Time for a test on today's kids. Are the following statements true or false?
Teen sex, suicide and drug use are up, as are youth crime, school violence, classroom cheating and the number of kid couch potatoes. Teen happiness and test scores are down, as are the number and length of school days, homework, college ambition, youth pride and patriotism.
All those statements are false. America's youngest generation may be pampered, pressured and protected, but most of the kids are OK.
William Strauss has seen the future, and he says it's full of promise for a generation he calls the millennials, 76 million kids born between 1982 and the present.
"The public has been accustomed to nonstop media chatter about bad kids from mass murderers, hate criminals and binge drinkers to test failers, test cheaters, drug users and just all-around spoiled brats," Strauss and co-author Neil Howe write in "Millennials Rising: The Next Generation."
The leading edge of America's newest generation, college freshmen now, may be stressed-out, sleep-deprived and on the brink of burnout, but Strauss says they're getting a bum rap as an aimless group of sex-crazed, violence-prone, foul-mouthed slackers.
If that's true, what about the nasty, edgy, gross-behaving teens you see so often in movies and on TV? That view of youth pop culture is the work of the two generations that came before the millennials the baby boomers and the Gen Xers.
"This is the first generation in living memory to be less vulgar, less violent and less sexually charged than the pop culture the older generations are creating for them," Strauss, 53, said in a telephone interview from his home in McLean, Va.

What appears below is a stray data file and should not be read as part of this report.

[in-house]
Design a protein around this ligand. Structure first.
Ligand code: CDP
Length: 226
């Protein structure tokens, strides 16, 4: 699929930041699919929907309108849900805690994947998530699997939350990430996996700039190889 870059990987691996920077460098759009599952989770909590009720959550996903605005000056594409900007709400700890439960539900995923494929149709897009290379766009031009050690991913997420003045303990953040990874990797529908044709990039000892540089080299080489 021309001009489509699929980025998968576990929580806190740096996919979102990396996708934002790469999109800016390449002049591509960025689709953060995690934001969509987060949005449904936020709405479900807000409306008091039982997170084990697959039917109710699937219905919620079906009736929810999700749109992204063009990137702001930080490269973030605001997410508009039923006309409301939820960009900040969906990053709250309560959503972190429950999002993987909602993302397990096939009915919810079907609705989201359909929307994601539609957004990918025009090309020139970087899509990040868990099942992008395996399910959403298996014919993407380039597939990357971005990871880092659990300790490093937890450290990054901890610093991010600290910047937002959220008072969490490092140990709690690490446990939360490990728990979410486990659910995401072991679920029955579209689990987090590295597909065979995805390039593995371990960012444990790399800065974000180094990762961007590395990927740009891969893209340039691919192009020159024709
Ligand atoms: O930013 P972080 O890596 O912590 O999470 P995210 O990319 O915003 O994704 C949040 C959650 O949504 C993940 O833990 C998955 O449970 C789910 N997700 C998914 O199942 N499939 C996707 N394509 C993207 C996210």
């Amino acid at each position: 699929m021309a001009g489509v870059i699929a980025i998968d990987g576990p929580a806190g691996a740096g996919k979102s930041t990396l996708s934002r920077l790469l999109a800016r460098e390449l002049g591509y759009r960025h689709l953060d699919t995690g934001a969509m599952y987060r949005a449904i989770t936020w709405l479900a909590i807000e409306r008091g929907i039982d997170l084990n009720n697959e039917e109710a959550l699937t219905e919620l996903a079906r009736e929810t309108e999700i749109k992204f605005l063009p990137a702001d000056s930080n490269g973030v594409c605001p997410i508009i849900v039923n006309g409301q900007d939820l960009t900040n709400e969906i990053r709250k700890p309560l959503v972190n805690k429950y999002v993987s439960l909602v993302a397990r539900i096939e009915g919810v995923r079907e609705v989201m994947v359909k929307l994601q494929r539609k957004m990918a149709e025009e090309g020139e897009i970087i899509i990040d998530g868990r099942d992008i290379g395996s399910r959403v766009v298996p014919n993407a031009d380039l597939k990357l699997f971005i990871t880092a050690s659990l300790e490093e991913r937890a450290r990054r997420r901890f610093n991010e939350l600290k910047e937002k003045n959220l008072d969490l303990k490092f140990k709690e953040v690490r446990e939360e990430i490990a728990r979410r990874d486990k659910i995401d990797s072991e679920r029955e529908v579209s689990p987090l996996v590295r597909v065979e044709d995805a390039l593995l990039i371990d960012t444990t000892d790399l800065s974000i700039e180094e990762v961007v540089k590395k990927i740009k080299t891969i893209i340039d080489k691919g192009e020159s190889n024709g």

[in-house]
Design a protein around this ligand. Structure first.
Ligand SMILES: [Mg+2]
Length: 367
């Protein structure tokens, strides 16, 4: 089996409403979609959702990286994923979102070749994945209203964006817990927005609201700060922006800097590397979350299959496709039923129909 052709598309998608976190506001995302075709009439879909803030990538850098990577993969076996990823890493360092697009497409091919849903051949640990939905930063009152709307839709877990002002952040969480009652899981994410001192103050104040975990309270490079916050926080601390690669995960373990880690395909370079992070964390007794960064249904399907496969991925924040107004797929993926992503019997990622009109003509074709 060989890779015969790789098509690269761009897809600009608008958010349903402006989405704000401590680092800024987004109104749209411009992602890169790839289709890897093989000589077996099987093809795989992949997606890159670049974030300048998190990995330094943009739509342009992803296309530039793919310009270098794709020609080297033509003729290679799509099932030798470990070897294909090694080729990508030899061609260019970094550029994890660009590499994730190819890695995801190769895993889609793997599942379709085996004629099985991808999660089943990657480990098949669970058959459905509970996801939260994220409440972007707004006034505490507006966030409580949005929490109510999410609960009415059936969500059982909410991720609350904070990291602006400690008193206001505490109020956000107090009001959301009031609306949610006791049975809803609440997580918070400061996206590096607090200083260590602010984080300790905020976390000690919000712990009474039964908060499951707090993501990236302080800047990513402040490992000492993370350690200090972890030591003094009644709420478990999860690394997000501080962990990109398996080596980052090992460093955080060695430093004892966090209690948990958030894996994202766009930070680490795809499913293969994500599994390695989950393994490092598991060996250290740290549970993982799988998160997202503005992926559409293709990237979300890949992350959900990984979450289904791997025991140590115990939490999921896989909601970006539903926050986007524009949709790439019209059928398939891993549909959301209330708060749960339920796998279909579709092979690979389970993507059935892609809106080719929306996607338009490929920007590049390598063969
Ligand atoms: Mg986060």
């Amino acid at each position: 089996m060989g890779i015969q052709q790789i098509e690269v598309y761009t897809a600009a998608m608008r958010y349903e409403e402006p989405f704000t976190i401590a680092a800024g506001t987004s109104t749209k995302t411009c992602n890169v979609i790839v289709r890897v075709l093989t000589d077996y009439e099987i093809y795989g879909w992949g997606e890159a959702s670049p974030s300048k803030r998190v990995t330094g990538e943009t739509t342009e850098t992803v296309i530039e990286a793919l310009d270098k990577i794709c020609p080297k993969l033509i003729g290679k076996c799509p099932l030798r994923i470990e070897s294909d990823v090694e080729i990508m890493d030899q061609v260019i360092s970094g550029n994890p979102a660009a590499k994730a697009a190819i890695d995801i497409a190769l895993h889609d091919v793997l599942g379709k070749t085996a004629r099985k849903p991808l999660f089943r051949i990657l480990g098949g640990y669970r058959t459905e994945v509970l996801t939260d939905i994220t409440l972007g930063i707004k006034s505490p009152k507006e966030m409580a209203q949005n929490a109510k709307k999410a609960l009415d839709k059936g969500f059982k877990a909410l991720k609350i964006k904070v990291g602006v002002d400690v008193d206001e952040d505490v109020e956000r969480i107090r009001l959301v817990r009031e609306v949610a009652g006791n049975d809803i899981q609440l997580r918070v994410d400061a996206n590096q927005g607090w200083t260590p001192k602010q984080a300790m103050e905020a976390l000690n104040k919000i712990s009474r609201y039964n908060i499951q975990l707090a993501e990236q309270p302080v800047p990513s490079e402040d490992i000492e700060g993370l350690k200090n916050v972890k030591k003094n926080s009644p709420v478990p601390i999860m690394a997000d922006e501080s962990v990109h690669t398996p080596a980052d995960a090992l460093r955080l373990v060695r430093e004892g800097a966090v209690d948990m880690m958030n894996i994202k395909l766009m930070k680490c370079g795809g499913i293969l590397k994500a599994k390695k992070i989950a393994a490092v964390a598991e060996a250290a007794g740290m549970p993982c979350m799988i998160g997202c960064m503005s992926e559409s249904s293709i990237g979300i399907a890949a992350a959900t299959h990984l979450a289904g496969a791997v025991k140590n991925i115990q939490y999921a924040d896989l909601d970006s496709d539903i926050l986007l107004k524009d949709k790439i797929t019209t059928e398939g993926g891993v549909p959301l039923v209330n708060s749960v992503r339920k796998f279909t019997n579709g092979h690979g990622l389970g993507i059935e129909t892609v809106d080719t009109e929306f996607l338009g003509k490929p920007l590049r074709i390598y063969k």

The millennials' impact on American society, Strauss said, may turn out to be comparable to the GI generation that fought and won World War II. "Our bottom line is, these kids are different than what people think they are," Strauss said. "Surveys show them to be happier, less cynical and more optimistic than teens used to be."
Strauss and Howe base their conclusions on surveys of school teachers, parents and more than 600 students, bolstered by studies showing that rates of teen pregnancy, youth violence and drug abuse are falling.
The millennials are the most numerous, affluent, ethnically diverse, high-tech generation in American history.
Strauss and Howe see the millennials as a "corrective generation" bent on fixing the worst excesses of the baby boomers and Gen Xers, rebelling by behaving not worse, but better than their parents.
"Don't tell us how bad we are. Look at yourself," a 14-year-old girl says in "Millennials Rising."